The word humanity refers to the human race as a whole and the qualities that make us human, such as the ability to love and have compassion. In our modern world, we take human nature for granted, but in George Orwell’s 1984, he shows us a society in which there is no humanity, and those that fight for it die trying. The totalitarian government, known as the Party, uses isolation, fear, and lies to destroy the humanity in their citizens and maintain absolute power over Oceania. The novel describes the journey of Winston Smith as he rebels against the Party and tries to maintain his human qualities. By creating a totalitarian government in the novel 1984, George Orwell is able to express how important humanity is to not only Winston but also
In the novel 1984, outward conformity is crucial to the survival of the citizens of Oceania. One character in particular who practices this extremely well is the main character, Winston Smith. He not only conforms outwardly, but also questions his society inwardly, due to the overhanging fear that Miniluv will find and torture him. Winston constantly questions Big Brother and all of the laws that the citizens of Oceania are required to obey while also inwardly questioning his forbidden romance with Julia. Without this rising tension throughout the novel, 1984 would lose its suspenseful tone and would easily lose the focus of readers.
George Orwell’s novel, 1984 and The Time Machine by H.G. Wells, both share fear as a common theme. Fear as a tool can control, change, and force people to do things that do not seem acceptable, such as make people turn on others, become violent, and forgo their belief system. Fear can be used in many different ways, such as controlling a population of people to gain power or wealth. In The Time Machine, a group of people called the Eloi, had direct power over another group called the Morlocks. In 1984, one small group of people called the “brother hood” had complete control of society. This dilemma is shown throughout history and has led to severe consequences. Fear is used as a tool in both The Time Machine and 1984 sometimes for different
This is a literary analysis on the novel 1984 by George Orwell. 1984 is a more recent classic dystopian novel. Written in 1949, it's based in the future year of what is presumed to be 1984. It focuses on the life of Winston Smith, a member of the newly established Party that rules over a territory called Oceania and that is led by a man called Big Brother. This novel provides a rather frightening insight into a dystopian socialist environment. Although it is based in 1984, the social commentary it provides is most definitely applicable in this day and age. This novel analysis will touch briefly upon a few different subjects, such as symbolism and style, and the theme of the novel.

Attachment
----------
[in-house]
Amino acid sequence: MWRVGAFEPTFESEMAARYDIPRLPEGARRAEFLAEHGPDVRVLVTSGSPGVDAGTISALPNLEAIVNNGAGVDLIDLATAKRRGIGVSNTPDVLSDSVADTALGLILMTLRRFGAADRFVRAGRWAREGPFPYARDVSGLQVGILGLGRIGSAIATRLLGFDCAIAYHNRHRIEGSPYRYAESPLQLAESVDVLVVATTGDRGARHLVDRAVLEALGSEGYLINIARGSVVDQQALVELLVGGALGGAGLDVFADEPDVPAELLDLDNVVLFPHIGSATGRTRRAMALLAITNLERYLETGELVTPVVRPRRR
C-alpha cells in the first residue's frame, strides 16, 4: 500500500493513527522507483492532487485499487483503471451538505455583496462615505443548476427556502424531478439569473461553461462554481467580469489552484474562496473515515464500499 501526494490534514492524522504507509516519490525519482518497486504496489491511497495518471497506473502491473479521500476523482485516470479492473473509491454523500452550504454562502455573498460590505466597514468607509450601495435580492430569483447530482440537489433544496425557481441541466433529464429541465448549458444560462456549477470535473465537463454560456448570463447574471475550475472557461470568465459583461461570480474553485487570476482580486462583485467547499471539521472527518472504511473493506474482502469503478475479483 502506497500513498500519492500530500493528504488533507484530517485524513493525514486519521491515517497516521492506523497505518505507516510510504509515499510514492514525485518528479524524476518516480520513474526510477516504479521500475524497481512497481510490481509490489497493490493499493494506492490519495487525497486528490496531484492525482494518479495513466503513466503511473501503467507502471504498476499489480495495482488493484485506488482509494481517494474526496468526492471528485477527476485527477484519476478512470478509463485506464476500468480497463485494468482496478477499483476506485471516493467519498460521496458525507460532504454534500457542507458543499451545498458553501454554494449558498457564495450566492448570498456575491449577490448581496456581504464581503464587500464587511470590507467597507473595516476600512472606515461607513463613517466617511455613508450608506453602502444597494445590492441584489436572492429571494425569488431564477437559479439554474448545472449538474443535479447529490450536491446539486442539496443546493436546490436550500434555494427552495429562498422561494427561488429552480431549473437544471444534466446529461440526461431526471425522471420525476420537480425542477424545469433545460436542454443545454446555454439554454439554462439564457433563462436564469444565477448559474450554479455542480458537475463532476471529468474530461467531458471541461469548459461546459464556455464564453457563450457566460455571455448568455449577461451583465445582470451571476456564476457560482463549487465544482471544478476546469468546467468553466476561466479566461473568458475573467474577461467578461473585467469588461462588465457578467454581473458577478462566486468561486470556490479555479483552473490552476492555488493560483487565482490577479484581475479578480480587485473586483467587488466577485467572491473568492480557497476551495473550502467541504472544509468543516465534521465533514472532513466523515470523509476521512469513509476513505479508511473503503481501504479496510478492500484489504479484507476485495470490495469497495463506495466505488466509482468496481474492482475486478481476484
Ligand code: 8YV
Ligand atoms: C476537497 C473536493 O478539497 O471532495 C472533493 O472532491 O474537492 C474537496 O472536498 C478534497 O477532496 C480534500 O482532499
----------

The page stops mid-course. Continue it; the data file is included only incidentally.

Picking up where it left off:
Privacy is an aspect that is abused, violated, as well as disrespected in 1984 and V for Vendetta. For instance, in both the novel and the film, there are secret police that imposes the government’s laws and regulations. Some laws include curfew, the restriction of freedom of speech, and the torturing of innocent people. In 1984 and V for Vendetta, the main character experiences a confrontation with the secret police. For instance when Winston Smith from 1984, has an encounter with the “Thought Police” and is incarcerated for joining the fight against The Party. No action could be performed by the citizens without the “Thought Police” finding out. “…the Thought Police plugged in on any individual wire was guesswork. It was conceivable that
What is violence? Violence is, as described by Google,”behavior involving physical force intended to hurt, damage, or kill someone or something. Strength of emotion or an unpleasant or destructive natural force. And the unlawful exercise of physical force or intimidation by the exhibition of such force.” Both 1984 by George Orwell, and Brave New World by Aldous Huxley have violence threaded throughout each novel. 1984 by George Orwell and Brave New World by Aldous Huxley are books written about how these two men saw their world changing and morphing into something they did not like, something dreadful, something alarming. Both of these books illustrate the way they saw their world’s future.
“Human nature is like water. It takes shape of its container” is a quote beautifully worded by Wallace Stevens about the effect of human nature. Human nature would be the general characteristics that are shared by individuals of certain civilizations. The characteristics mainly consist of feelings, psychology, and behaviours. Although these characteristics may shape up a human being, there are many different many experiences an individual may go through which may result in disputes. In the novel 1984, written by George Orwell and Never Let Me Go, written by Kazuo Ishiguro, readers are shown the ramifications of human nature and the many different ways human nature co-exists in both dystopian novels. 1984 is a well-known dystopian novel that revolves around the protagonist, Winston Smith. Smith faces oppression in Oceania, while being watched by Big Brother, the Ruler of The Party. In 1984, Smith is seen as daring and rebellious throughout. Another comparable dystopian novel is Never Let Me Go. This narrative is about human clones, particularly, Kathy, Tommy and Ruth, and their experiences that are based on their fate. Human nature displays the repercussions of inevitable fate, psychological manipulation and uniformity in both dystopian novels. Human nature are general views that are colored by the influences of people an individual is surrounded by.